Link to Cut-and-paste-friendly code

Monday, April 16, 2007


Check out the following . I was able to last just over 21 seconds. How about you?

Google Driving Directions

Aunt Jojo showed me this tidbit:

  1. Go to Google and select "Maps"
  2. Select "Get Directions"
  3. Get directions from "New York, New York" to "London, England" or other major European city.
  4. Read the instructions very carefully.

Friday, April 13, 2007

Aspnet_regiis -c

Have you ever seen the following ASP.NET client-side error?

It is most common in production environments that host multiple IIS sites and applications.

If your ASP.NET 1.1 application implements dynamic validation controls, it is dependent on the existence of an /aspnet_client directory. This directory must be a child folder of the site's home directory. Here is a sample scenario:

  1. We have a site on a production server,
  2. serves web pages residing on the server's file system at c:\abc. This is the home directory.
  3. I have an application hosted at
  4. My application serves web forms residing at c:\myapps\newapp

My "newapp", which uses validation controls, depends on the existence of c:\abc\aspnet_client. If the ABC site is managed by someone else (some other department in your company), you may not be comfortable with this dependency! E.G, what if someone managing the site content in ignorantly deletes /aspnet_client, fearing it to be malicious?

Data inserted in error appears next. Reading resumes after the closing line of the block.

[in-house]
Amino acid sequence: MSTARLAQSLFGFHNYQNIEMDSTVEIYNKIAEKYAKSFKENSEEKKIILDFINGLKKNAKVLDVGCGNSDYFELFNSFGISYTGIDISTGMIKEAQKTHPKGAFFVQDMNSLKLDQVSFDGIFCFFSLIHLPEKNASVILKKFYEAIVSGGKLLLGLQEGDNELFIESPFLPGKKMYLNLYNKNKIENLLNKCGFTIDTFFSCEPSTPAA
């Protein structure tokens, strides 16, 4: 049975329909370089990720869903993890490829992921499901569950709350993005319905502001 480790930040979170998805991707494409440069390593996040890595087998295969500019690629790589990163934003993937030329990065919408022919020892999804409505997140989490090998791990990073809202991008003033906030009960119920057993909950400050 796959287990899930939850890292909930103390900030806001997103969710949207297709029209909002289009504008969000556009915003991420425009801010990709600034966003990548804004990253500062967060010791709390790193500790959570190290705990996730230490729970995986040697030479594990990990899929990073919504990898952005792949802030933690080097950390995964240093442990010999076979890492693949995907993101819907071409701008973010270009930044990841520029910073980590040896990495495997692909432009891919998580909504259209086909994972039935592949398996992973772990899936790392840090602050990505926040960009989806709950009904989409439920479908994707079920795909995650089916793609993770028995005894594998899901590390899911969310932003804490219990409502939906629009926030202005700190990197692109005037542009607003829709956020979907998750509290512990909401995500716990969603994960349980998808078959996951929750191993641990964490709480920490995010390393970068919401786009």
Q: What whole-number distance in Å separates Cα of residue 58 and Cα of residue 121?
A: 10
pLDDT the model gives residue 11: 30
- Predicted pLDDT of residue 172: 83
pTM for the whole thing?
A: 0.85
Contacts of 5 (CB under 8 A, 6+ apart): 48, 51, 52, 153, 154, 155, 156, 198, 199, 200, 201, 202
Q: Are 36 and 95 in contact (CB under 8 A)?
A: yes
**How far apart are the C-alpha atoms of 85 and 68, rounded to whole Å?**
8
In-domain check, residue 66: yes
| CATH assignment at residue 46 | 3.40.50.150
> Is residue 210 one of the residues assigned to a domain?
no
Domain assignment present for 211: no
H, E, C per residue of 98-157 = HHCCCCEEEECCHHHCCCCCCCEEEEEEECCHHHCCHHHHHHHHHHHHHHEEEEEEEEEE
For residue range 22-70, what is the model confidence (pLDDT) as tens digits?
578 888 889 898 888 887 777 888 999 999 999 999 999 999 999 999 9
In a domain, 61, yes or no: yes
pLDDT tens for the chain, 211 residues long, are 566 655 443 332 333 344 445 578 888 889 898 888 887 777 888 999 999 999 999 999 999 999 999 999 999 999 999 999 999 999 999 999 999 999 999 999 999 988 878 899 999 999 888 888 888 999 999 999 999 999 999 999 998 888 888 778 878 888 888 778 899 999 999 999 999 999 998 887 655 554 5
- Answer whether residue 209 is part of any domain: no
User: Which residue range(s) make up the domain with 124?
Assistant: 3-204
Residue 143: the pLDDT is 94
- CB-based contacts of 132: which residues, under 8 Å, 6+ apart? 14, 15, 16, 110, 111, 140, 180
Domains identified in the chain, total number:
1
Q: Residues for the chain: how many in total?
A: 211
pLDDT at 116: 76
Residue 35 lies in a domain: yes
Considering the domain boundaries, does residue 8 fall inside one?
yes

Furthermore, while /aspnet_client is handled for you in VS.NET, it is not automatically created for new sites added to IIS. So if you are launching a new site and a new ASP.NET 1.1 application, you will have to include a step to build the /aspnet_client directory. This step is:

Aspnet_regiis -c

This creates the /asnet_client folder under EVERY website node in IIS. So you are safe until the next time some fool deletes it or renames it on the shared server.

Alternative to /aspnet_client

You can remove the dependency of your app on the parent root by overriding the location of the ASP.NET client scripts in web.config. First, copy the scripts folder from the parent root (e.g. c:\abc\aspnet_client) to the application root (e.g. c:\myapps\newapp\aspnet_client). For clarity, rename the folder from aspnet_client to aspnet_override. Then, set the override in web.config:


    This section is settings to enable client-side validation code.
    <webControls clientScriptsLocation="aspnet_override\\"/>

Now you manage the client scripts yourself!

Monday, April 9, 2007

Aspnet_Regiis - Encrypt/Decrypt Web.config

Encrypting a Configuration Section
IIS/ASP.NET will not serve direct requests to Web.config, which protects possibly sensitive information (e.g. connection strings, email addresses) from the least in theory.

You can further protect web.config information via encryption. Out of the box, the aspnet_regiis.exe utility will encrypt web.config according to your preferences.

Here is a sample <appsettings> section:

Assume that this application runs under http://localhost/myApp, we could run the following command to encrypt:

    aspnet_regiis -pe "appSettings" -app "/myApp"

After which, the <appsettings> section would look like this:

Implementing Code to Retrieve Configuration Settings